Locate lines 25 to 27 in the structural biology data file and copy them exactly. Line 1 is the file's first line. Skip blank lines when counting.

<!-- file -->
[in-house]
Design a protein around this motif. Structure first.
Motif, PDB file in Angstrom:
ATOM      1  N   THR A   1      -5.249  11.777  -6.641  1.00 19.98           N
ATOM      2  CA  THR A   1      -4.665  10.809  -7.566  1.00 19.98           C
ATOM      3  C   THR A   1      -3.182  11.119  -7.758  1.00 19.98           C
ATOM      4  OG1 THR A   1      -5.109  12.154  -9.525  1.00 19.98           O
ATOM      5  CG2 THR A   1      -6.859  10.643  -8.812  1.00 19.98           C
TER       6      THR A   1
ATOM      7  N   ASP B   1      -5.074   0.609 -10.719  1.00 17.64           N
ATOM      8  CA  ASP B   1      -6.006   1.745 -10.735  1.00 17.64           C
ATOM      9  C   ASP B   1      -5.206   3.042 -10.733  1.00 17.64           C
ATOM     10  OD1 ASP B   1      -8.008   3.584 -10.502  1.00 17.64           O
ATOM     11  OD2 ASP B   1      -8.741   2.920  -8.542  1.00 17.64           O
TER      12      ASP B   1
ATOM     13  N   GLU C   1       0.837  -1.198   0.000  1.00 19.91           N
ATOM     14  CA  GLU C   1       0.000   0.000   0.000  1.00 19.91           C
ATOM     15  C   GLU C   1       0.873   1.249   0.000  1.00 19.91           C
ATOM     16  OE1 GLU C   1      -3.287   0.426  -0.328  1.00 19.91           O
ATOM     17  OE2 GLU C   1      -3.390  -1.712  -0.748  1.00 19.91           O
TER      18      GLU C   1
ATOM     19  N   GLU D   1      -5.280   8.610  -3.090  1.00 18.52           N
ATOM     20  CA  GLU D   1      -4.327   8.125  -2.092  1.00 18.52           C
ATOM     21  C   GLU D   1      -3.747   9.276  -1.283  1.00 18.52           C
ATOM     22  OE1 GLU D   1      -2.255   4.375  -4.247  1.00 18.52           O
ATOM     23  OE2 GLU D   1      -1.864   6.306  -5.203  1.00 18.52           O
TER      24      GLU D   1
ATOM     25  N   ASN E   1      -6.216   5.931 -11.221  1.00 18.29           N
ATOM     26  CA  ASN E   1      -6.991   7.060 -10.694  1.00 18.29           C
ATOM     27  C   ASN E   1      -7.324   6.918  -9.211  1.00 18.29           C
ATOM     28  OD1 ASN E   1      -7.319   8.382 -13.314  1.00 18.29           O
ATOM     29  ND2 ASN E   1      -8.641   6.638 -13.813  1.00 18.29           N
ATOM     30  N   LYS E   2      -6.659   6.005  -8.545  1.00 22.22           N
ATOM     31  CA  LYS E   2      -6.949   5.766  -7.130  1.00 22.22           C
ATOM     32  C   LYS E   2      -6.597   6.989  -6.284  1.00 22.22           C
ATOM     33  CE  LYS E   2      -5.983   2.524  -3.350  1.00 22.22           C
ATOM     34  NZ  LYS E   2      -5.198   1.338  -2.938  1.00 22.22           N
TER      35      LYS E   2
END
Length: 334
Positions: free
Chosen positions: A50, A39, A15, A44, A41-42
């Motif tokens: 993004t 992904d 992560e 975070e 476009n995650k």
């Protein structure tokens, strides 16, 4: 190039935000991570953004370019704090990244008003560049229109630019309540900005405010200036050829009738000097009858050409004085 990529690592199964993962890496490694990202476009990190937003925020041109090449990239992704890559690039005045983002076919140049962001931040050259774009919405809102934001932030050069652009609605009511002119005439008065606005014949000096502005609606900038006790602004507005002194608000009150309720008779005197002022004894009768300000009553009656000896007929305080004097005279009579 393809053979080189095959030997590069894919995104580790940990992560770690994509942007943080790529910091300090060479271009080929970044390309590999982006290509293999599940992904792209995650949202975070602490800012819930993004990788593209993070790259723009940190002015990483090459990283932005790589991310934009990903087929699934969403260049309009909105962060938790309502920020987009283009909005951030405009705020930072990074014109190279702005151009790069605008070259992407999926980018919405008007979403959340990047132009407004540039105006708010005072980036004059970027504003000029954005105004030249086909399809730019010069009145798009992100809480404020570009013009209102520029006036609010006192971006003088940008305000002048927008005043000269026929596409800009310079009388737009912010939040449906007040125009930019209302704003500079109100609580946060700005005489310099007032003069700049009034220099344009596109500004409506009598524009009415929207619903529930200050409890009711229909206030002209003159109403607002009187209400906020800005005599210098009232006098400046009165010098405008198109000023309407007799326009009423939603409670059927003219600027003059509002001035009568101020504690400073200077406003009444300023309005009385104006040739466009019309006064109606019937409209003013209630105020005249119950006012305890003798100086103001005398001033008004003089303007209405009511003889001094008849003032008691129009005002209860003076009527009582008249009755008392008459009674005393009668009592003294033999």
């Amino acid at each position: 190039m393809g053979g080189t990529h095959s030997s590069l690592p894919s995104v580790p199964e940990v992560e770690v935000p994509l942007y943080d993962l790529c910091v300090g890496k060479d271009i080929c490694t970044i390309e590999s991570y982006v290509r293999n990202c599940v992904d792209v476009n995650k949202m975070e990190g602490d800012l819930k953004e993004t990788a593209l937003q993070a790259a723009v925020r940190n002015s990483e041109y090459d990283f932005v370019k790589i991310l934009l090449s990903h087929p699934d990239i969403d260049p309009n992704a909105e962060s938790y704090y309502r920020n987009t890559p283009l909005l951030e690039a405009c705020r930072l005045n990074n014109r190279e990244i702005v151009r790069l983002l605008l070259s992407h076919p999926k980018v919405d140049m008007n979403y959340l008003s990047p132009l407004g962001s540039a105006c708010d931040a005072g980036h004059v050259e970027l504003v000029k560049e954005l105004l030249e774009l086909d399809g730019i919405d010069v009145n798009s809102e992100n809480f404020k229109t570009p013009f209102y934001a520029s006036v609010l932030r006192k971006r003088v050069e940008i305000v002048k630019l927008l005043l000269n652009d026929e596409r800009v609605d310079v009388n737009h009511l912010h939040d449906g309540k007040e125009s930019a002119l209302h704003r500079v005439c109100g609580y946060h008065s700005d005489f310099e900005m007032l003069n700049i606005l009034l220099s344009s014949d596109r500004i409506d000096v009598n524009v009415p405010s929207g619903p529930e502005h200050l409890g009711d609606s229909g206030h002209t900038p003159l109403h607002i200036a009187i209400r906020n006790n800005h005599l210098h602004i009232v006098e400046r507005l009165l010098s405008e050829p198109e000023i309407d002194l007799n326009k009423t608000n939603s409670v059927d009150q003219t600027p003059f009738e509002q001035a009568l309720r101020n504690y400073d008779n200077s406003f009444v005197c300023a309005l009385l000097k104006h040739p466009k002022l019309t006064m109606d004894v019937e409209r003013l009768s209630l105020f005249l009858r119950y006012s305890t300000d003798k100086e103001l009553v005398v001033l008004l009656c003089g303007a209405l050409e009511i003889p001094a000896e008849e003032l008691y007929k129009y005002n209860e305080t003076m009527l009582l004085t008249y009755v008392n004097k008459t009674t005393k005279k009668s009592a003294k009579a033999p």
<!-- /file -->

ATOM     22  OE1 GLU D   1      -2.255   4.375  -4.247  1.00 18.52           O
ATOM     23  OE2 GLU D   1      -1.864   6.306  -5.203  1.00 18.52           O
TER      24      GLU D   1